A playbook is a set of instructions for executing Ansible functions for configuration, orchestration, and more. The Ansible community has provided the following helpful metaphor for understanding how playbooks relate to modules: If modules are like tools in a workshop, then playbooks are like instruction manuals. Meanwhile, host machines are the raw materials that are being shaped, in this case by the automation instructions provided by playbooks and carried out by modules.

Ansible Tower

This is the GUI for scaling and operating Ansible modules and playbooks. It includes dashboards for visualizing Ansible automation tasks and allows administrators to control role-based access, too. Tower offers a convenient web-based interface, REST API, and task engine.

Ansible Automation Analytics

These let you take the pulse of your current automation strategy, with statistics and visualizations on Ansible tasks within IBM Power Systems and other platforms.

Ansible Content Collections and Automation Hub 

These resources allow Ansible users to quickly get started with precomposed modules and roles built by experienced partners. Organizations may build their own Ansible content as well, but using existing code saves time and often addresses many of the most common Ansible use cases.

For IBM Power Systems, there are already many such pre-built modules available in the wake of Ansible arriving on the platform in 2020. Let’s look at what you can do with these modules.

Using Ansible Modules on IBM Power Systems

IBM Power Systems provide a reliable foundation for running mission-critical workloads, including those related to AI and high-performance computing. These platforms are often used within a hybrid cloud environment, which increases operational complexity and demands as much consistency and agility as possible, to avoid downtime and lost productivity. This is where Ansible comes in.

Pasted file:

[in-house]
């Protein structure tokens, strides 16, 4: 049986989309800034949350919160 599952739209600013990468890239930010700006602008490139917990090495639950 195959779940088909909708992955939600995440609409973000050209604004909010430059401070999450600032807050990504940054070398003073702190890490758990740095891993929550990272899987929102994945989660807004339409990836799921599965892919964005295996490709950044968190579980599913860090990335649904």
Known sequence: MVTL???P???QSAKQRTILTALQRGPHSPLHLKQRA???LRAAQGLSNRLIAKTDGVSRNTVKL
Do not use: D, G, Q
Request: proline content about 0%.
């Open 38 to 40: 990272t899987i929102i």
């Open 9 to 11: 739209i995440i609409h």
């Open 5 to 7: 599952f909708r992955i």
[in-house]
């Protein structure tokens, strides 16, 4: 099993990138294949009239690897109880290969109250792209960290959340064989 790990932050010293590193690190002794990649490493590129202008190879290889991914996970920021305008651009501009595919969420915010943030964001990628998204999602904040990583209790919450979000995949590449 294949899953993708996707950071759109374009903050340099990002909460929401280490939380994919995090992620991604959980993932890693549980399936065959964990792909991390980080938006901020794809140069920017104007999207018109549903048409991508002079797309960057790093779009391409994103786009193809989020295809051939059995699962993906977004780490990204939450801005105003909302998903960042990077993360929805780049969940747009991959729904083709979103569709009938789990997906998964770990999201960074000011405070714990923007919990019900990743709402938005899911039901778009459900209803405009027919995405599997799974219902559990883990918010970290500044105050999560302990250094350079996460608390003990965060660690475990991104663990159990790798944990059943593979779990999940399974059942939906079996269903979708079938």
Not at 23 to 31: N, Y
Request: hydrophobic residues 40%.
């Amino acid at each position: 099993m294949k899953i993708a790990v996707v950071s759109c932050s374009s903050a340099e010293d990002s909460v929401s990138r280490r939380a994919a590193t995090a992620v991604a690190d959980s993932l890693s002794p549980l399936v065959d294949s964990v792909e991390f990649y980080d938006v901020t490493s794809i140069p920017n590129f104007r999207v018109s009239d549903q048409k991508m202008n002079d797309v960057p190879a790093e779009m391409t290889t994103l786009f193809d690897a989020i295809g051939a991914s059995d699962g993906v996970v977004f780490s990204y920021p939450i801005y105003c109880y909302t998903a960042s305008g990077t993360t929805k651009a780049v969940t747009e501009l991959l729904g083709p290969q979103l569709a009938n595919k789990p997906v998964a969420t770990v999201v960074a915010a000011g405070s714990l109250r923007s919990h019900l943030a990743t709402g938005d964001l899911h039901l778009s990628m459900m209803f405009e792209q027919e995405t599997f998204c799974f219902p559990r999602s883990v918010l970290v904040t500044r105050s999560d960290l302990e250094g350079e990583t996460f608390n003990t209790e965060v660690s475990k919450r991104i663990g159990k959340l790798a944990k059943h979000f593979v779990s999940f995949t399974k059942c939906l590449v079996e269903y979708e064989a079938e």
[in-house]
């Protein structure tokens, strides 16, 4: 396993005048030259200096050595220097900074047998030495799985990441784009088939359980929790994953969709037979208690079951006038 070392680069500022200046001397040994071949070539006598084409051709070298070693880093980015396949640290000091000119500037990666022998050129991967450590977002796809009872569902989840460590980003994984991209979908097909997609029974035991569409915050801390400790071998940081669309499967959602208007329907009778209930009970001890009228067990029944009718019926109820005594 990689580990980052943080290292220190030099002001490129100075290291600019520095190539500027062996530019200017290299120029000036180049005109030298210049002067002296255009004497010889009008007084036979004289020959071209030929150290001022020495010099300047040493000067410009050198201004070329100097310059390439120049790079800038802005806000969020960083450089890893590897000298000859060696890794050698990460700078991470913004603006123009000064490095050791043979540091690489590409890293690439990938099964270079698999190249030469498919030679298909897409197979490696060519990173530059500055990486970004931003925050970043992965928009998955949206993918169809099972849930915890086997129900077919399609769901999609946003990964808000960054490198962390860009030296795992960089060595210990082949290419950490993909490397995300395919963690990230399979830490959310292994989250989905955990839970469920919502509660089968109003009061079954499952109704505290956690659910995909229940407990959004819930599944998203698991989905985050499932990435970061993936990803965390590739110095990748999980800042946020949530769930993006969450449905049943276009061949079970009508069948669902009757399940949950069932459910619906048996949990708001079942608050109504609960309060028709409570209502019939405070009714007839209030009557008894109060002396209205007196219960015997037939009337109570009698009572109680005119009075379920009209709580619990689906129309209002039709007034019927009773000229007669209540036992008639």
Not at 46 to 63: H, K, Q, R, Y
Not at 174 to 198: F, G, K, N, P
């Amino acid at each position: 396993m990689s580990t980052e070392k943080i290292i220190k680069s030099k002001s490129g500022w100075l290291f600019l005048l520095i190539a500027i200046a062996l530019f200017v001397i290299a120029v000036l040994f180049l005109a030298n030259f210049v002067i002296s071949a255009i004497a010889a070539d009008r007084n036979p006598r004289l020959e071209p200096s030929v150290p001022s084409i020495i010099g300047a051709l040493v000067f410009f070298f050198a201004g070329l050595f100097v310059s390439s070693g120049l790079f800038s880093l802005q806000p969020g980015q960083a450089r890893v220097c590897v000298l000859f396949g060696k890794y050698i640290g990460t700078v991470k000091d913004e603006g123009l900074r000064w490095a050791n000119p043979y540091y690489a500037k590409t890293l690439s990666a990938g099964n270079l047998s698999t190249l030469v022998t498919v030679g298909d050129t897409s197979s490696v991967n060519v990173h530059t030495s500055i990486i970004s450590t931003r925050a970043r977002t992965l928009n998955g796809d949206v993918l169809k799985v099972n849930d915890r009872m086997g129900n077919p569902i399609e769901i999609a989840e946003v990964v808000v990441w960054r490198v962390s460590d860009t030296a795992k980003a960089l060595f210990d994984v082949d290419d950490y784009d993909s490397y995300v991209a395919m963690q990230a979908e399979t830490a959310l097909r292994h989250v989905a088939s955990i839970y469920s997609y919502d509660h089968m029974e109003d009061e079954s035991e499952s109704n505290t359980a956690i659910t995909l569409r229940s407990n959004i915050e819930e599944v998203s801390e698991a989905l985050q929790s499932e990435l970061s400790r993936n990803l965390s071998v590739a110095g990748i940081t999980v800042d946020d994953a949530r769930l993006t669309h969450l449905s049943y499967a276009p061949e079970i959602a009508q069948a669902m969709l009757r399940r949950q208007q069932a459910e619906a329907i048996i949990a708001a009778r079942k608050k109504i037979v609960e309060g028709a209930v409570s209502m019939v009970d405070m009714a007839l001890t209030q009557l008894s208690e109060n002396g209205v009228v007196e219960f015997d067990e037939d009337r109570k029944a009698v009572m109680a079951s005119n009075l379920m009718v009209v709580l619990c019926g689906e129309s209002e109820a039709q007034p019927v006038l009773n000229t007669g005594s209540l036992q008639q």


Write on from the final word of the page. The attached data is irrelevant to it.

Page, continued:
Ansible enables DevOps automation across IBM Power Systems. For example, let’s say you are already using Ansible as part of your enterprise-wide automation strategy and want to add in Power Systems inventory alongside x86 inventory, for one convenient automation user experience. Using Ansible, you could provision some IBM AIX VMs for your on-premises environment via PowerVC, or do the same for your public cloud environment via IBM Cloud. Ansible makes either process straightforward and standardized, based on already existing Ansible modules.

But Ansible’s utility does not stop at provisioning. Beyond that, it can, for instance, be used to connect a selected set of AIX hosts to the Service Update Management Assistant playbook, to automatically download fixes from a distribution site instead of making admins do the same task manually. 

On IBM i, similar functionality is available. Ansible may be used to install the latest version of Node.js, deploy Node.js applications and apply patches. All of these playbook tasks and calls to specific modules are detailed in real-time for maximum visibility.

Interested in learning more about how to use Red Hat Ansible on IBM Power Systems? InfoSystems is a Red Hat Advanced Business Partner in North America and an IBM Platinum Business Partner as well. Learn more by connecting with our team.

Leave a reply

Your email address will not be published. Required fields are marked *